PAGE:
RAN Clearance Diving Team Three

CDT3TWith thanks to the RAN

Clearance Diving Team 3 – United and Undaunted

Without doubt one of the smallest, and unrivalled, Australian units to serve in Vietnam was Australian Clearance Diving Team Three (CDT3). They were an elite group of 49 officers and men; divers trained in the dangerous business of explosive ordnance disposal, who established an enviable reputation for courage and innovation in time of war in the spirit of the diver’s motto, United and Undaunted.

The RAN formally established a Clearance Diving branch in 1951, and a Mobile Clearance Diving Team in 1956. In March 1966 two distinct teams were commissioned in Sydney; CDT1 and CDT2. Shortly thereafter CDT1 deployed for exercises in South East Asia, including one week in Vietnam conducting operations with their American counterparts. The Commanding Officer of CDT1 was of the view that a RAN diving team would make a worthwhile contribution to the Australian effort in Vietnam and recommended that CDT1 be deployed for a three to six month period. The RAN approved the formation of CDT3 in late 1966 as one element of a larger naval contribution to the war in Vietnam.

The first contingent of six personnel arrived in Vietnam on 6 February 1967 and were initially attached to a United States Navy Explosive Ordnance Disposal Team based in Saigon. They then moved to Vung Tau and assumed responsibility for the defence of shipping against enemy attack, known as Operation Stable Door. The team was responsible for searching the hulls and anchor cables of shipping in the Vung Tau anchorages or alongside, for improvised explosive devices. In one particular incident, Viet Cong sappers penetrated the Vung Tau port area and placed home-made and Russian limpet mines on the hull of the MV Heredia and a nearby wharf. The home-made device partially exploded during search operations, and team members removed the Russian mine. Additional tasks included the salvage of downed military helicopters, searching villages for ammunition caches and demolishing Viet Cong cave and tunnel complexes.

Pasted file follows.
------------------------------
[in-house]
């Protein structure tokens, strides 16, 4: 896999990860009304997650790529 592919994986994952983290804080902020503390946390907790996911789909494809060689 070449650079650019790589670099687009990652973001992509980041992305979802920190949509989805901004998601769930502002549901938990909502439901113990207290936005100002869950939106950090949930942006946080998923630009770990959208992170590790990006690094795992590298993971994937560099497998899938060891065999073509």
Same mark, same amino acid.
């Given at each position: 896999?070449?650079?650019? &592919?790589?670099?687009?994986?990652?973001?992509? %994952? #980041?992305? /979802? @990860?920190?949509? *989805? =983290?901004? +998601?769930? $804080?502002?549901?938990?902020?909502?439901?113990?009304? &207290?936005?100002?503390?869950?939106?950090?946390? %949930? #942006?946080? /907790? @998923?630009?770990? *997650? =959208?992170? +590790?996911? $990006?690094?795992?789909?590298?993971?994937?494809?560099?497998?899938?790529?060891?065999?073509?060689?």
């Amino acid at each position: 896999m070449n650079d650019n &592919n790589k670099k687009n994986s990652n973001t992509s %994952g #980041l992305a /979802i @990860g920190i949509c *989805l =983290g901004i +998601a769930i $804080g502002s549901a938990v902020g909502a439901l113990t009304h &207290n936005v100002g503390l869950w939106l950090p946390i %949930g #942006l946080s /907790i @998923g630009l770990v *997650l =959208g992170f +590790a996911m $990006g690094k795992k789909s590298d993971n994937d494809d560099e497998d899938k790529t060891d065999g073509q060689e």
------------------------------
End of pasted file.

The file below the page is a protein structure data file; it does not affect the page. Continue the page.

CDT3 had originally been directed not to participate in SEAL type operations (United States Navy Special Forces) or in operations along the Cambodian border, however, the prohibition was lifted in January 1969 allowing team members to make full use of their unique skills. Consequently, the operational focus from 1969 shifted towards the provision of explosive ordnance disposal support for offensive operations, with team members frequently being attached to American and South Vietnamese special forces. These operations intensified in 1970 and team members were often under enemy fire while they were engaged in the destruction of bunker complexes, tunnels, trenches, observation posts and log barricades erected by the Viet Cong in the rivers and waterways of South   Vietnam.

In August 1970 CDT3 was relieved at Vung Tau by South Vietnamese Navy personnel and airlifted to Da Nang. In three and a half years on Operation Stable Door, CDT3 searched 7,441 ships.

The eighth and final contingent returned to Australia in May 1971, bringing to a close four years of war service in trying and hazardous circumstances. The contingents had rotated through Vietnam at approximately six to seven month intervals. The one fatal casualty was a young sailor killed in a motor vehicle accident while on exchange with an American unit in Cam Ranh Bay. Seven personnel were decorated whilst others received recognition from the United States and South Vietnamese governments, including a United States Navy Meritorious Unit Commendation awarded to the first contingent.

CDT3 was disbanded in 1971 and did not reform again until 1991. The traditions established by CDT3 personnel in Vietnam have been carried forth by their successors who served meritoriously in the 1991 Gulf War and the 2003 campaign in Iraq.